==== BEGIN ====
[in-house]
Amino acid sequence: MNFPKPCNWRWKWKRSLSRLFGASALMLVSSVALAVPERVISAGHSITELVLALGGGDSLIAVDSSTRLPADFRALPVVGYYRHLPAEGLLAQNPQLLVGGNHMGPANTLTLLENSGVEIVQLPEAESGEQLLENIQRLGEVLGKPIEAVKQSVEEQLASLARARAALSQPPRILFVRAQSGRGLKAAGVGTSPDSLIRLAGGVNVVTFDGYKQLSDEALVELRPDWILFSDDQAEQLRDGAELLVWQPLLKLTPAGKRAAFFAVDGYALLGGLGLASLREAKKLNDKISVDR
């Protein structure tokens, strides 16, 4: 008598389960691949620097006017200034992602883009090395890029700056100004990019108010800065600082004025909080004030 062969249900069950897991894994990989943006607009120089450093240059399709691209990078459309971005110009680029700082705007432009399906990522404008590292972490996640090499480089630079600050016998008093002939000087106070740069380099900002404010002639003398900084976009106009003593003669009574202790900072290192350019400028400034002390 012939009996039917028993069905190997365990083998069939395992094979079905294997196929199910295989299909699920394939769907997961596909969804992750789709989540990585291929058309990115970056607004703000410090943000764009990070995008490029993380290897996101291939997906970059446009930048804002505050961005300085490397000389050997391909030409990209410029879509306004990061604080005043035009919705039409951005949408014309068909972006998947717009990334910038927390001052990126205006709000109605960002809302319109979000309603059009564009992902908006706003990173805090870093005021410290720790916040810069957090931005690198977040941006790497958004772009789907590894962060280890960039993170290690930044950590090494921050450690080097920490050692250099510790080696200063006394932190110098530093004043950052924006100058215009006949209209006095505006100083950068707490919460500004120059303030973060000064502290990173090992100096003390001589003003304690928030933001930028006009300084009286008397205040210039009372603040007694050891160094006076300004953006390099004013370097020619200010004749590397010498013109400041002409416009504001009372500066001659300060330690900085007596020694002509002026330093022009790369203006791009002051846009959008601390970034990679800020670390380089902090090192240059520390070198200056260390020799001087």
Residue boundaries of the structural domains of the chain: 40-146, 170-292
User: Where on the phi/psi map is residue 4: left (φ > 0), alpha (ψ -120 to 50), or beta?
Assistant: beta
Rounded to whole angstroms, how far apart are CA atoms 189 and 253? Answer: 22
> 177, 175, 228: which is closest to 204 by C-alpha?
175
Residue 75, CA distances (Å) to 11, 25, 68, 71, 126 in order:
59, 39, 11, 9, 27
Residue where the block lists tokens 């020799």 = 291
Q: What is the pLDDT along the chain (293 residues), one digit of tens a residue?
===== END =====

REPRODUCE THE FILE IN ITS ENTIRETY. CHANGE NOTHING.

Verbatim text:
[in-house]
Amino acid sequence: MNFPKPCNWRWKWKRSLSRLFGASALMLVSSVALAVPERVISAGHSITELVLALGGGDSLIAVDSSTRLPADFRALPVVGYYRHLPAEGLLAQNPQLLVGGNHMGPANTLTLLENSGVEIVQLPEAESGEQLLENIQRLGEVLGKPIEAVKQSVEEQLASLARARAALSQPPRILFVRAQSGRGLKAAGVGTSPDSLIRLAGGVNVVTFDGYKQLSDEALVELRPDWILFSDDQAEQLRDGAELLVWQPLLKLTPAGKRAAFFAVDGYALLGGLGLASLREAKKLNDKISVDR
């Protein structure tokens, strides 16, 4: 008598389960691949620097006017200034992602883009090395890029700056100004990019108010800065600082004025909080004030 062969249900069950897991894994990989943006607009120089450093240059399709691209990078459309971005110009680029700082705007432009399906990522404008590292972490996640090499480089630079600050016998008093002939000087106070740069380099900002404010002639003398900084976009106009003593003669009574202790900072290192350019400028400034002390 012939009996039917028993069905190997365990083998069939395992094979079905294997196929199910295989299909699920394939769907997961596909969804992750789709989540990585291929058309990115970056607004703000410090943000764009990070995008490029993380290897996101291939997906970059446009930048804002505050961005300085490397000389050997391909030409990209410029879509306004990061604080005043035009919705039409951005949408014309068909972006998947717009990334910038927390001052990126205006709000109605960002809302319109979000309603059009564009992902908006706003990173805090870093005021410290720790916040810069957090931005690198977040941006790497958004772009789907590894962060280890960039993170290690930044950590090494921050450690080097920490050692250099510790080696200063006394932190110098530093004043950052924006100058215009006949209209006095505006100083950068707490919460500004120059303030973060000064502290990173090992100096003390001589003003304690928030933001930028006009300084009286008397205040210039009372603040007694050891160094006076300004953006390099004013370097020619200010004749590397010498013109400041002409416009504001009372500066001659300060330690900085007596020694002509002026330093022009790369203006791009002051846009959008601390970034990679800020670390380089902090090192240059520390070198200056260390020799001087």
Residue boundaries of the structural domains of the chain: 40-146, 170-292
User: Where on the phi/psi map is residue 4: left (φ > 0), alpha (ψ -120 to 50), or beta?
Assistant: beta
Rounded to whole angstroms, how far apart are CA atoms 189 and 253? Answer: 22
> 177, 175, 228: which is closest to 204 by C-alpha?
175
Residue 75, CA distances (Å) to 11, 25, 68, 71, 126 in order:
59, 39, 11, 9, 27
Residue where the block lists tokens 């020799």 = 291
Q: What is the pLDDT along the chain (293 residues), one digit of tens a residue?